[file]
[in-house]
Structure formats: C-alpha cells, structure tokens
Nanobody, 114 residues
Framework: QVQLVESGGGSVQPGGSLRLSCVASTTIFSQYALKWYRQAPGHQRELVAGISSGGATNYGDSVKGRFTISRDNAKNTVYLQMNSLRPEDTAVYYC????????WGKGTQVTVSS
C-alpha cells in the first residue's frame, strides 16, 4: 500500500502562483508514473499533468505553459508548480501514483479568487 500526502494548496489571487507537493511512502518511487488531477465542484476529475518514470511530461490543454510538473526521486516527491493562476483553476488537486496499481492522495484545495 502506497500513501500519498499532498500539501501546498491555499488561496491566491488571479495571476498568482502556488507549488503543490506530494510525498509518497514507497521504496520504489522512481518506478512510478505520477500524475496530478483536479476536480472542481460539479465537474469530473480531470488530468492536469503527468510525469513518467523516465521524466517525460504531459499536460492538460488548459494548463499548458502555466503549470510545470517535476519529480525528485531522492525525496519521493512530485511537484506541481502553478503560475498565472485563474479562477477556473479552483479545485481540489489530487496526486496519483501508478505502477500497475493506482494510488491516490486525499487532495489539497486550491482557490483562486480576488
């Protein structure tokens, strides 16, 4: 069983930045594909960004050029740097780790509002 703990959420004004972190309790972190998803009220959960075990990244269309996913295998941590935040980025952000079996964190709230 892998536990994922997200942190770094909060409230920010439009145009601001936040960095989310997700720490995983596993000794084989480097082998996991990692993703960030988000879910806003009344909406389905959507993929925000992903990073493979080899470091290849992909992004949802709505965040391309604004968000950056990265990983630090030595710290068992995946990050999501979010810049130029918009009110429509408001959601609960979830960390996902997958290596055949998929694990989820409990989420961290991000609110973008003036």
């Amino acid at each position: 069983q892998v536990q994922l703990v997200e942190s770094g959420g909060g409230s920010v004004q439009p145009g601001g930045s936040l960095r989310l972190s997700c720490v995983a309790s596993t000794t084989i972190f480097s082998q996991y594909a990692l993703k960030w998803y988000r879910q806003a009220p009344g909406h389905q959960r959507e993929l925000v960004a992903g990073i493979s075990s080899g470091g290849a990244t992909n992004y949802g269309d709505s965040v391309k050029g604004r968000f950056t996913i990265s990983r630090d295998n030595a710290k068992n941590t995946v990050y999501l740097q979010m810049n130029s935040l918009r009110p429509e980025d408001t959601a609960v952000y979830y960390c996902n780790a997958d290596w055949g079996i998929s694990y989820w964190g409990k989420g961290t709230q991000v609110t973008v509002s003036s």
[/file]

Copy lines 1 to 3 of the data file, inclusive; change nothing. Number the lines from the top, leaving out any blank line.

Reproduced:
[in-house]
Structure formats: C-alpha cells, structure tokens
Nanobody, 114 residues